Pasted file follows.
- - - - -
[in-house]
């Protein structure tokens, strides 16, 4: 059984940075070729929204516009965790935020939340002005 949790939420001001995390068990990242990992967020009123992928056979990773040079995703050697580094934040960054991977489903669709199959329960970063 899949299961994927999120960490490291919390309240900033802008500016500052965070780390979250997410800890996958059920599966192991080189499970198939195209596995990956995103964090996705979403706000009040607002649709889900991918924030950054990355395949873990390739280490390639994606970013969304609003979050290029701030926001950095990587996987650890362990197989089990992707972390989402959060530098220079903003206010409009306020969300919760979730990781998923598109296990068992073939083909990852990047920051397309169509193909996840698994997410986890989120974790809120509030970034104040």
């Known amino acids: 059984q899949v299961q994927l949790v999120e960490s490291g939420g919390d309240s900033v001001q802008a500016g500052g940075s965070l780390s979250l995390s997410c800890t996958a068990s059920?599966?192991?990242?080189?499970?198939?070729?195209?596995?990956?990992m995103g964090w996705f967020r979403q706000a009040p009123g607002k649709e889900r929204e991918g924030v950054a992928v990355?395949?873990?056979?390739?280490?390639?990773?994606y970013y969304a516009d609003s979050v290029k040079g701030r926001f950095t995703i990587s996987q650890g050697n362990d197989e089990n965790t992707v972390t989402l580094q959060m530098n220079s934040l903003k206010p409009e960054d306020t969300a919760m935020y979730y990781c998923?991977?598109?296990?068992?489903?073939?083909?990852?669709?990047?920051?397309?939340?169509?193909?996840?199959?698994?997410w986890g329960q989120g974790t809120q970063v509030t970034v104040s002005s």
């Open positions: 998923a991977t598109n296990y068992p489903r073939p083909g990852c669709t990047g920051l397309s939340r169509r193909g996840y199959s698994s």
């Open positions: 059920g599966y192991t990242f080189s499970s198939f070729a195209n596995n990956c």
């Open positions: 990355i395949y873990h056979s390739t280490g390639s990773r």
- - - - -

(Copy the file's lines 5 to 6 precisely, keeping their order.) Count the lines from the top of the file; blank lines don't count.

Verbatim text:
């Open positions: 059920g599966y192991t990242f080189s499970s198939f070729a195209n596995n990956c």
């Open positions: 990355i395949y873990h056979s390739t280490g390639s990773r």